I love campy, terrible B movies, especially ones of the science-fiction variety. Anyone who pre-ordered Destroy all Humans! 2 from GameStop in 2006 got a free copy of Plan 9 From Outer Space, which, if you haven’t seen it, should be on your list of movies to see this week or before you die, whichever comes first. Plan 9 is a movie that is so god-awful that it’s great to watch, especially in a group of people who can all appreciate how terrible it is. So there are good movies and, on the other end of the spectrum, there are bad movies that are so bad they are good again. In the middle, you have movies that are just plain bad, and that is where Destroy all Humans! as a series is slouching toward.
Just like in previous installments, you are alien invader Crypto, and you must run around a clichéd time frame, in this case the 70s, on various escort missions, fetch missions, and blow-stuff-up missions. You can also run around and wantonly destroy anything and everything in your path, sandbox style. New to the series is a giant battle robot ala the Big Boy restaurant chains run by Crypto’s buddy Pox. A wide variety of parody enemies show up, and you must defend your plan to destroy all the humans by… destroying all the humans in your way.
This game does not come from the same developer as the previous two titles, Pandemic, and it shows in the details. The scripting is not as clever, although it’s still funny for the most part, but, in lieu of clever references, the games beats you up with double entendre. You see, Big Willy is not only the name of the fast food chain Crypto is running—it can also mean penis. See what they did there? Even Crypto seems to get tired of it. The voice acting, while still decent, is not the same as previous titles and also wasn’t done by the original voice actors. Like when your annoying friend impersonates Dana Carvey impersonating George Bush Sr. It’s so far removed from the original source that it bears little resemblance to the actual source, and it’s very noticeable in this title.
You next notice this problem in the levels themselves. Textures occasionally pop on close objects and some objects fade in a little late. I’m unsure if this a hardware issue or a problem with the game itself, but it’s definitely not working here, and the game could overall have benefited from having sharper graphics by sacrificing the larger sandbox for a smaller one. Although the missions are short and you could crank them out in an afternoon, there are plenty of side missions and unlockables to keep you occupied for a weekend or more.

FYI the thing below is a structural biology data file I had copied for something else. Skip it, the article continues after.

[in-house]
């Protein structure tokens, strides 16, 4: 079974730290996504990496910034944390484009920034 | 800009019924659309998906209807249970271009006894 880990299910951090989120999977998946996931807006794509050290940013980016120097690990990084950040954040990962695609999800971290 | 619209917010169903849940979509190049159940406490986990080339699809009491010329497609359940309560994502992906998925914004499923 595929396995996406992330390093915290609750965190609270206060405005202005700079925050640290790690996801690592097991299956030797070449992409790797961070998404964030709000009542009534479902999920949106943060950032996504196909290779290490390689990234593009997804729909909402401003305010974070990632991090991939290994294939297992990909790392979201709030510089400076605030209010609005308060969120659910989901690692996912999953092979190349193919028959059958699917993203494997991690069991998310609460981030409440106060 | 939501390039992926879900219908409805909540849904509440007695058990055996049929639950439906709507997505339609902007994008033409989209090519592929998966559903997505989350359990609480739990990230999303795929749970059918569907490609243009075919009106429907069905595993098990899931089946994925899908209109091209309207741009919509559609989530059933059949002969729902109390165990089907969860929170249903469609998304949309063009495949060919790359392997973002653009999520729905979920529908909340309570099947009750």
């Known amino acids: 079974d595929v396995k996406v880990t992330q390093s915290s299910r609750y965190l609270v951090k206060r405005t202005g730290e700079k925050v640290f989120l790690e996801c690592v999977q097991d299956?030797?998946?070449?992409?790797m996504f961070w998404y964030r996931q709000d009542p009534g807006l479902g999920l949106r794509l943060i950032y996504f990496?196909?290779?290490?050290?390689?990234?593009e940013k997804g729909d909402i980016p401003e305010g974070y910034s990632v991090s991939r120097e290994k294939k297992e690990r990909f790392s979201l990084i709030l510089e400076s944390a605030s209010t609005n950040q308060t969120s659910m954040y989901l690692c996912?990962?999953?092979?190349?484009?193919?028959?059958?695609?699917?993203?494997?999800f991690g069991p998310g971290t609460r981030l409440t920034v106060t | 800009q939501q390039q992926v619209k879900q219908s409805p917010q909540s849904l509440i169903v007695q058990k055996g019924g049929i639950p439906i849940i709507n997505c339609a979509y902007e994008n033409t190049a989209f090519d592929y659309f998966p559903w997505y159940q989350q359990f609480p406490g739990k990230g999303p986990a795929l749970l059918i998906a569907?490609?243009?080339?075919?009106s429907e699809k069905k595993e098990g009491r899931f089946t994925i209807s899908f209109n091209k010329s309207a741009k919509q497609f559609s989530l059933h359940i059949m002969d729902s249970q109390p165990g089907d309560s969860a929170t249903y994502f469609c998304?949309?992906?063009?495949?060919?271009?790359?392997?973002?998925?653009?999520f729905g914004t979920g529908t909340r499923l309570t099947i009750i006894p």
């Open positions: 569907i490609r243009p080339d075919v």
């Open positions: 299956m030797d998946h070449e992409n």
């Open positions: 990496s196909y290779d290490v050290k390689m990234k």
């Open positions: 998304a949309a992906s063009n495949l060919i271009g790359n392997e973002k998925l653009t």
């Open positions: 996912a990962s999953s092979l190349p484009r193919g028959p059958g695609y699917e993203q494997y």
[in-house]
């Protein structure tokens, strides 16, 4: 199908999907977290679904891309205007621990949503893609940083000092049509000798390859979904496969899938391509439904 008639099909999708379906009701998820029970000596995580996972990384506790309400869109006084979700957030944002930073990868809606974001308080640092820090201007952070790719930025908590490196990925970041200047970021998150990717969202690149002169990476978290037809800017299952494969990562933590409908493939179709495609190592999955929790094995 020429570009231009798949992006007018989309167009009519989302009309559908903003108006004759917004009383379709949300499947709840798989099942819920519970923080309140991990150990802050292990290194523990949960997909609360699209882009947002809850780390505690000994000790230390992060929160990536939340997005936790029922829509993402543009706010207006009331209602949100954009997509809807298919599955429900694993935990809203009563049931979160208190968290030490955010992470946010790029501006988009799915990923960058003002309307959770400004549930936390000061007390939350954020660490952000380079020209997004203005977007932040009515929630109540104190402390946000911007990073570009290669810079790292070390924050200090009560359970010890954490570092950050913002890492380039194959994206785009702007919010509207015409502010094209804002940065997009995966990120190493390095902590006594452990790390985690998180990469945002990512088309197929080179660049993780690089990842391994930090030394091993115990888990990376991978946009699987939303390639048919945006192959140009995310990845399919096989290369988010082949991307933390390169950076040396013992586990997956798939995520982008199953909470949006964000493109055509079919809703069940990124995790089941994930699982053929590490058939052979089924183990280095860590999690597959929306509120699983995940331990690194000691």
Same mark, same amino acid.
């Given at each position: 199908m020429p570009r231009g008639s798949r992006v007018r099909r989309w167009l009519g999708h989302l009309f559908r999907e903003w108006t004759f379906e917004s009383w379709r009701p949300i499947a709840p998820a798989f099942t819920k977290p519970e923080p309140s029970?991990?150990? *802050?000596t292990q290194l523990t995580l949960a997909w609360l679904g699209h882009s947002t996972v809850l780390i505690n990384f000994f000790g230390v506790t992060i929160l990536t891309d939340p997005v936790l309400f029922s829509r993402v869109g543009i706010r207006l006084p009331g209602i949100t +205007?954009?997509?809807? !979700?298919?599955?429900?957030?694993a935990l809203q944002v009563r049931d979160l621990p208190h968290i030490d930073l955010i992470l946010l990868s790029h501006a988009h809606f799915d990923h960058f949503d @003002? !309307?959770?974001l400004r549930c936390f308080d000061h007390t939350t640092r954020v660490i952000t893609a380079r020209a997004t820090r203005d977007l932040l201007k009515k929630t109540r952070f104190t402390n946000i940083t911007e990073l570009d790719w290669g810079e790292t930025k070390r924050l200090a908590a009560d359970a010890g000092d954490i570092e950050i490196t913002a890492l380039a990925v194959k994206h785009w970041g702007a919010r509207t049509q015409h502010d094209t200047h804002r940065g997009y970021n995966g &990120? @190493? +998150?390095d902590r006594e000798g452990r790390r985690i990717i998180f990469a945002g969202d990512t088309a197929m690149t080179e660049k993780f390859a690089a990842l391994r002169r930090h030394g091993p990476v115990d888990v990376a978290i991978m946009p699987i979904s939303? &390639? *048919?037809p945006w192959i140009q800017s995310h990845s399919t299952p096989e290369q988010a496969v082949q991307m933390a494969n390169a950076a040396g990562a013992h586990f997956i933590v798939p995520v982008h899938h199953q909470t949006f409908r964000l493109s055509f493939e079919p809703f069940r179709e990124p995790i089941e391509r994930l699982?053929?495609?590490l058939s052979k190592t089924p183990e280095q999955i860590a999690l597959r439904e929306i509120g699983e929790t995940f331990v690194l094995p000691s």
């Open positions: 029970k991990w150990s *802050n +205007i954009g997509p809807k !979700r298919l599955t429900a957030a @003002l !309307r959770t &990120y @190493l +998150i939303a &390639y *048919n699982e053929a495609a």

This is the first Destroy all Humans! title to make it to the Wii, which is both good and bad. Grand Theft Auto-style play has not made much of a presence on the Wii, so for someone who doesn’t own all three next-gen consoles, there is something new to enjoy. A major component of that kind of play is two analog sticks: one for movement, and one for camera controls. Here, the controls are split. When you are Crypto, you move the camera by moving the pointer to the edge of the screen, but when you are in your flying saucer or Big Willy robot, the camera is moved by tilting the Wii-mote left and right. It sounds more awkward than it is, although it does take some getting used to, and switching between the two schemes does leave some lingering confusion.
The multiplayer is a joke. Don’t for a second think that this is a two-player game, because it was so tacked on to the end product that you and your friend will be bored in 30 minutes.
The first Destroy all Humans! was a great idea that became the foundation for a great game, but here we see that great idea crammed into something reinvented trying to retain what made it successful, and you’re met with mediocrity. The first title worked because it was based on campy 50s sci-fi, but there is very little sci-fi found in the 70s, so the developers are relegated to poking fun at disco, which I’m guessing they didn’t know has been done to death. Without the finer points of excellent scripting, creepy theremin soundtracks, and sharp graphics, the experience relies heavily on gameplay and controls. The gameplay is rehashed almost entirely from the first two titles in the series, which makes the control issues a bit more annoying to veterans.
The series is over the hill, and if it doesn’t start trying something new or going in a new direction, the next game, slated for a 2008 release on the PS3 and titled Destroy all Humans! Path of the Furon, is going to tank, and rightfully so. If you were a fan of the first two games, you will most likely find yourselfdisappointed here, but it’s worth renting to get a taste of the series. Most likely it will make you want to go back and play an earlier title. If you’re new to the series, there is no harm in picking it up used or renting it. In fact, I would recommend it, because there are good things to be had here.